Hiring Local a Key to Success, Decade of Work in Wichita Falls Shows

In large metro areas, mid-size cities and small towns alike, contractors are facing the same challenge: skilled tradespeople are hard to find. Yet even in the tightest labor markets, there’s always an advantage to hiring local, qualified subcontractors to build projects in their own communities. Alongside JV partner Trinity Hughes Construction, Sundt has completed nearly $100 million of work in Wichita Falls, Texas in the past decade. Our success here is built on long-term relationships with high-performing trade partners, who time and again have proven the value of hiring local.

the fountain in front of Centenial Hall Health and Social Sciences Building with building entrance and large atrium in background
Centennial Hall health sciences and human services academic building at Midwestern State University. The 89,000-square-foot, $34.3 million project received the 2020 Excellence in Safety award from Engineering News-Record (ENR) Texas & Louisiana.

An Airport Built on Accountability and Pride of Workmanship

In 2013, Trinity Hughes|Sundt served as the construction manager at-risk for a complete rebuild of the Wichita Falls Regional Airport that included a 52,000-square-foot terminal expansion from one to two gates with several modern additions and amenities. Outside of special systems dedicated to airport construction, more than 80 percent of major work items were procured through local subcontractors, such as Willen Electric, whose early involvement and quality work played a major role in the project’s outcome.

inside daytime view of main terminal of Wichita Falls Regional Airport in N. Texas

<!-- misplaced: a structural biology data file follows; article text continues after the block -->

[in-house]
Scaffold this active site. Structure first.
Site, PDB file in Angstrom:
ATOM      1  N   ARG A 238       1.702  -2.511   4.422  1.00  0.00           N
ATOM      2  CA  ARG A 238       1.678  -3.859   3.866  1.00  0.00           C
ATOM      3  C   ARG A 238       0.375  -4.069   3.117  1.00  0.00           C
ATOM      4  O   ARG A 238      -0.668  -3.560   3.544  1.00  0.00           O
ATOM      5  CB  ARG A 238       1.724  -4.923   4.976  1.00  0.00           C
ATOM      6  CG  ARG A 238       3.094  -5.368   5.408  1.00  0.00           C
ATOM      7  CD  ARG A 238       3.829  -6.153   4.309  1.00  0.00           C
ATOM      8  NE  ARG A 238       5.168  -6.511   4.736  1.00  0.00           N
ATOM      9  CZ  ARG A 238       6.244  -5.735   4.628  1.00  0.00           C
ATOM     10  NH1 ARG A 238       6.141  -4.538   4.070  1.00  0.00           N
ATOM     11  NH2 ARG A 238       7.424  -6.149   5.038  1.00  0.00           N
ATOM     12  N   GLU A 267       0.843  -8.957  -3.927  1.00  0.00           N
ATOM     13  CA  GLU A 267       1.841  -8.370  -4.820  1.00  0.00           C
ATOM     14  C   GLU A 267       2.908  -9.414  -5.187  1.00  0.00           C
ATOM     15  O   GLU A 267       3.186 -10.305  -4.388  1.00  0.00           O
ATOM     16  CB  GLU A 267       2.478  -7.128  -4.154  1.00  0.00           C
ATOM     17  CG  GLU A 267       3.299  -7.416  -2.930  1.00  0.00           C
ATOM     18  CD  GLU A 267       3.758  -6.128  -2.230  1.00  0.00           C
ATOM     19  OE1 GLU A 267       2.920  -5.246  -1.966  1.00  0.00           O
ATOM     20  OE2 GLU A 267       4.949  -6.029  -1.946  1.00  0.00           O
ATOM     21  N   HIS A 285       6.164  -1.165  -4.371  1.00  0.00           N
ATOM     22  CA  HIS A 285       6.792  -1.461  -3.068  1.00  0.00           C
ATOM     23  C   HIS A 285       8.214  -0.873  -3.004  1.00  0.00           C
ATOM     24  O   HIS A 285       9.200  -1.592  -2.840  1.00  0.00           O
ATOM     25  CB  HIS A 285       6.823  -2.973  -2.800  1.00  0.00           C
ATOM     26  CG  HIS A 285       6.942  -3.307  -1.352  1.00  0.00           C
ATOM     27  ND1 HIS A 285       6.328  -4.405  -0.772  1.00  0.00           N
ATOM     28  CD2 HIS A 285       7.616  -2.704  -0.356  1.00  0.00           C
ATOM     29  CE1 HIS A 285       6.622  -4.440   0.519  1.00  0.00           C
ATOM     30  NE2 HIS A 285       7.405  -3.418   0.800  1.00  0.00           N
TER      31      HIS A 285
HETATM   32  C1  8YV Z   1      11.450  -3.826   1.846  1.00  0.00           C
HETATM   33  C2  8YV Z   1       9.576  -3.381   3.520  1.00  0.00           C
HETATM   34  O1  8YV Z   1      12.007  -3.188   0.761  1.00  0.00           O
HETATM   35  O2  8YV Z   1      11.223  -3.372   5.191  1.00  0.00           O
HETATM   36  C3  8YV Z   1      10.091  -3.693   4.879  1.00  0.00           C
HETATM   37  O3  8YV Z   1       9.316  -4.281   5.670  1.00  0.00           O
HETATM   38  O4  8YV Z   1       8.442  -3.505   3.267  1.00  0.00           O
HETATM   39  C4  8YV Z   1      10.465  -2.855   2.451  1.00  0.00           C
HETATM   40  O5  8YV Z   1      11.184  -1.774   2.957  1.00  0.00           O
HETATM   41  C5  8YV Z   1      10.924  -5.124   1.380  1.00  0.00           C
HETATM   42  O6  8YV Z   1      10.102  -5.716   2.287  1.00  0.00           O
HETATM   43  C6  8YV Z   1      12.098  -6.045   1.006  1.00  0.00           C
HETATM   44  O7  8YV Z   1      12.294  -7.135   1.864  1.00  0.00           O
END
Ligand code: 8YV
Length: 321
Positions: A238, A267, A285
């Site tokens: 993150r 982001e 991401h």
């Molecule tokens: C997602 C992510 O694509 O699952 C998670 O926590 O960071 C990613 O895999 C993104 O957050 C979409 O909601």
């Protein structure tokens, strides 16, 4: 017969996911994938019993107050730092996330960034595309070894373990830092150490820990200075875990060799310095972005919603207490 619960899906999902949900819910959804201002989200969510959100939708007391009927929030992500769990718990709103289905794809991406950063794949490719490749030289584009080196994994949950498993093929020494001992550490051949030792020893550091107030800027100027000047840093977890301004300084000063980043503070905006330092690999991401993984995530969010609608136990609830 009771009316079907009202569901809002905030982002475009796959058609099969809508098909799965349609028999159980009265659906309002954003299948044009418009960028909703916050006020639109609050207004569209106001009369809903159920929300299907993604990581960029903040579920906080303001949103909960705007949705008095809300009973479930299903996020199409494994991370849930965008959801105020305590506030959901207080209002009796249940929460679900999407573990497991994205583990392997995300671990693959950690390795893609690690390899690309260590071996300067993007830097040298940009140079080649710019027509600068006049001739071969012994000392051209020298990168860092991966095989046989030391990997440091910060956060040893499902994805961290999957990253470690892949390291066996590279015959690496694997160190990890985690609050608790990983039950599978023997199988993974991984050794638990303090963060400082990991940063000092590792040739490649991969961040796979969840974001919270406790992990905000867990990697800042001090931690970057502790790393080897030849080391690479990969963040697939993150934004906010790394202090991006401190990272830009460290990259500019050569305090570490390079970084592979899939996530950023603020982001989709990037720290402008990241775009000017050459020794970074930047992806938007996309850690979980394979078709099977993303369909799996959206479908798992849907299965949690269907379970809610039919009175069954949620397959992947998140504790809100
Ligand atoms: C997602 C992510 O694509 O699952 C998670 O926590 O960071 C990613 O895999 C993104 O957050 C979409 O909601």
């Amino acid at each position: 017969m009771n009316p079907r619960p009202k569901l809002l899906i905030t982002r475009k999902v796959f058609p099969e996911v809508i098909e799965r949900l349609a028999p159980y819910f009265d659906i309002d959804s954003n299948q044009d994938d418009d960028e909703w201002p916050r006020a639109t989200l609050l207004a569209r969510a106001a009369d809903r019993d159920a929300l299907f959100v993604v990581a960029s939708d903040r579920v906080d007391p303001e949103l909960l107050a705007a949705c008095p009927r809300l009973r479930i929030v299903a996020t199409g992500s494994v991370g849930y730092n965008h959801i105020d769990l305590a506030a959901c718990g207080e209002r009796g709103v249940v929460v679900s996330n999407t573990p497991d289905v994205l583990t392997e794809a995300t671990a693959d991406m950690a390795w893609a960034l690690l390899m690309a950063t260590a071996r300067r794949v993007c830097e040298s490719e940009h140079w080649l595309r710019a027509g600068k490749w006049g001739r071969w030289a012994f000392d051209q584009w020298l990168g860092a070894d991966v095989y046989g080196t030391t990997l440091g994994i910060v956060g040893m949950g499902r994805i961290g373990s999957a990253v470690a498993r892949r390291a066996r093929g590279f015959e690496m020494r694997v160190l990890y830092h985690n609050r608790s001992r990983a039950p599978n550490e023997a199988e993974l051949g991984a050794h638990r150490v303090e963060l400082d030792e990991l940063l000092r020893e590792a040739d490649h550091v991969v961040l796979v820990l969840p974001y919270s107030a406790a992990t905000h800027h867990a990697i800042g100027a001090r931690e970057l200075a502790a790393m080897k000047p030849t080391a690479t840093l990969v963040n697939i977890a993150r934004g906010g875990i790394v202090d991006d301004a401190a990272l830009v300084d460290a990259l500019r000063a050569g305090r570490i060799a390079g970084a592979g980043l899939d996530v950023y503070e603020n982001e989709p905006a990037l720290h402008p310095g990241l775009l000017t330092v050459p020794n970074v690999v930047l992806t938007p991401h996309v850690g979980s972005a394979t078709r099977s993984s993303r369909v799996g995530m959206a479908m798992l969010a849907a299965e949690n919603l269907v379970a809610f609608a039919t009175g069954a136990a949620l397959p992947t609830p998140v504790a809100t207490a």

The $29.5 million Wichita Falls Regional Airport project included a 52,000-square-foot terminal, with expanded spaces for ticketing and screening, baggage processing, chapel/meditation room, admin offices, airside apron paving, a rental car facility and parking.

According to company president Danny Shine, Willen and other local firms took great pride in the new airport and its impact on the community. “It’s not large by comparison, but that terminal has the quality of something you’d see in a major metro area like DFW. And that really changed people’s first impression of Wichita Falls, whether for visitors or businesses looking to move operations here.”

The project team’s ability to resolve problems and make smooth transitions, according to Danny, came back to Sundt’s work in establishing personal relationships with local firms early on. “Both sides got to know and trust each other as people, as well as business partners,” said Danny. “We also had a longstanding relationship with the City, and that allowed us to offer some insights into the project.” In the fall of 2014, the project completed months ahead of schedule, allowing the airport to resume operations early before a busy holiday travel season.

inside of main terminal of Wichita Falls Regional Airport in N. Texas
Early interactions with local subcontractors helped to create community support for the airport project.


“In a community like this, local subs take great pride in their work. They also have to live with it. If an issue is unresolved, they can’t run from it—because their reputation is everything. Some may not have the capacity to do these larger projects, but many of them do. Given the opportunity, they’re going to do anything they can to get the job done.”

– Danny Shine, President of Willen Electric

Hands-on Learning Environments that Add Lasting Value